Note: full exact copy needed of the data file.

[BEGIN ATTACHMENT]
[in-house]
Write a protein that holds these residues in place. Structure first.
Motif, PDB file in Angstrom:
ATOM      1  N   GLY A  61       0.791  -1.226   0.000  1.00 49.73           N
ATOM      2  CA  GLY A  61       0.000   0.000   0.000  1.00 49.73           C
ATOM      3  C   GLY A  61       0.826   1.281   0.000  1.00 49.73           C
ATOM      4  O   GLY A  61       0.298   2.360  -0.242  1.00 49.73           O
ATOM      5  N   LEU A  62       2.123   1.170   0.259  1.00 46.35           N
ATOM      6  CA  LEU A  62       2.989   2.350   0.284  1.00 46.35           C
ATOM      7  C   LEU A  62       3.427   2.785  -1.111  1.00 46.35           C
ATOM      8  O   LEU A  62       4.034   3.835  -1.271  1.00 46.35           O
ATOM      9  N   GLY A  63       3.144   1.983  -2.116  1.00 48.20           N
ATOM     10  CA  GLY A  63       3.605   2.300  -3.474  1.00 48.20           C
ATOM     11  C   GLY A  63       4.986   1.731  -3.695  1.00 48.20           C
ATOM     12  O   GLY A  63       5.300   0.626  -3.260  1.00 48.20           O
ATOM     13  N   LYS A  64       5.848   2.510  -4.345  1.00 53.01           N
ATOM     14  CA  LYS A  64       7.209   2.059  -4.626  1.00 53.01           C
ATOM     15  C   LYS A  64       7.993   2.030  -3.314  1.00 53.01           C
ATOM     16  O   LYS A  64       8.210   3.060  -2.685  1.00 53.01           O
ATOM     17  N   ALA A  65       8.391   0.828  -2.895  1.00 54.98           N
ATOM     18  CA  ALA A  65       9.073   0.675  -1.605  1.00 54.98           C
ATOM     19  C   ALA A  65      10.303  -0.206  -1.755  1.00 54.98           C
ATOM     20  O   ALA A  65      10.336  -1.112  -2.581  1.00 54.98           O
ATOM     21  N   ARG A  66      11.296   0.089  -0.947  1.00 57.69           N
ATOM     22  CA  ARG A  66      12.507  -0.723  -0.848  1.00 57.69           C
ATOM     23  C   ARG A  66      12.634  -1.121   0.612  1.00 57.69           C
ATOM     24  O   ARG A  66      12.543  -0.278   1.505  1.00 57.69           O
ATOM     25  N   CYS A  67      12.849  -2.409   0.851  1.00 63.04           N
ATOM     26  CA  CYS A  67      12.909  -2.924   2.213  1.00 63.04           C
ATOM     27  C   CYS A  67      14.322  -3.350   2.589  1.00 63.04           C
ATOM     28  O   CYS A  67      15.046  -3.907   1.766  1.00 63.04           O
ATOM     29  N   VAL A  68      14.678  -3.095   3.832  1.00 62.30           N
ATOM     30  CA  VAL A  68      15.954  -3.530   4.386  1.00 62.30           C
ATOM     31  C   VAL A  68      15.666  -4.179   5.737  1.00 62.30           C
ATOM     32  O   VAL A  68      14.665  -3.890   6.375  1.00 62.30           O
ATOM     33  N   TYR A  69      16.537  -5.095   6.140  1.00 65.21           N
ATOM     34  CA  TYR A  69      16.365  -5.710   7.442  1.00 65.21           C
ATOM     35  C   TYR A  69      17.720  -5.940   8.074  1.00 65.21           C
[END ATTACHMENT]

[in-house]
Write a protein that holds these residues in place. Structure first.
Motif, PDB file in Angstrom:
ATOM      1  N   GLY A  61       0.791  -1.226   0.000  1.00 49.73           N
ATOM      2  CA  GLY A  61       0.000   0.000   0.000  1.00 49.73           C
ATOM      3  C   GLY A  61       0.826   1.281   0.000  1.00 49.73           C
ATOM      4  O   GLY A  61       0.298   2.360  -0.242  1.00 49.73           O
ATOM      5  N   LEU A  62       2.123   1.170   0.259  1.00 46.35           N
ATOM      6  CA  LEU A  62       2.989   2.350   0.284  1.00 46.35           C
ATOM      7  C   LEU A  62       3.427   2.785  -1.111  1.00 46.35           C
ATOM      8  O   LEU A  62       4.034   3.835  -1.271  1.00 46.35           O
ATOM      9  N   GLY A  63       3.144   1.983  -2.116  1.00 48.20           N
ATOM     10  CA  GLY A  63       3.605   2.300  -3.474  1.00 48.20           C
ATOM     11  C   GLY A  63       4.986   1.731  -3.695  1.00 48.20           C
ATOM     12  O   GLY A  63       5.300   0.626  -3.260  1.00 48.20           O
ATOM     13  N   LYS A  64       5.848   2.510  -4.345  1.00 53.01           N
ATOM     14  CA  LYS A  64       7.209   2.059  -4.626  1.00 53.01           C
ATOM     15  C   LYS A  64       7.993   2.030  -3.314  1.00 53.01           C
ATOM     16  O   LYS A  64       8.210   3.060  -2.685  1.00 53.01           O
ATOM     17  N   ALA A  65       8.391   0.828  -2.895  1.00 54.98           N
ATOM     18  CA  ALA A  65       9.073   0.675  -1.605  1.00 54.98           C
ATOM     19  C   ALA A  65      10.303  -0.206  -1.755  1.00 54.98           C
ATOM     20  O   ALA A  65      10.336  -1.112  -2.581  1.00 54.98           O
ATOM     21  N   ARG A  66      11.296   0.089  -0.947  1.00 57.69           N
ATOM     22  CA  ARG A  66      12.507  -0.723  -0.848  1.00 57.69           C
ATOM     23  C   ARG A  66      12.634  -1.121   0.612  1.00 57.69           C
ATOM     24  O   ARG A  66      12.543  -0.278   1.505  1.00 57.69           O
ATOM     25  N   CYS A  67      12.849  -2.409   0.851  1.00 63.04           N
ATOM     26  CA  CYS A  67      12.909  -2.924   2.213  1.00 63.04           C
ATOM     27  C   CYS A  67      14.322  -3.350   2.589  1.00 63.04           C
ATOM     28  O   CYS A  67      15.046  -3.907   1.766  1.00 63.04           O
ATOM     29  N   VAL A  68      14.678  -3.095   3.832  1.00 62.30           N
ATOM     30  CA  VAL A  68      15.954  -3.530   4.386  1.00 62.30           C
ATOM     31  C   VAL A  68      15.666  -4.179   5.737  1.00 62.30           C
ATOM     32  O   VAL A  68      14.665  -3.890   6.375  1.00 62.30           O
ATOM     33  N   TYR A  69      16.537  -5.095   6.140  1.00 65.21           N
ATOM     34  CA  TYR A  69      16.365  -5.710   7.442  1.00 65.21           C
ATOM     35  C   TYR A  69      17.720  -5.940   8.074  1.00 65.21           C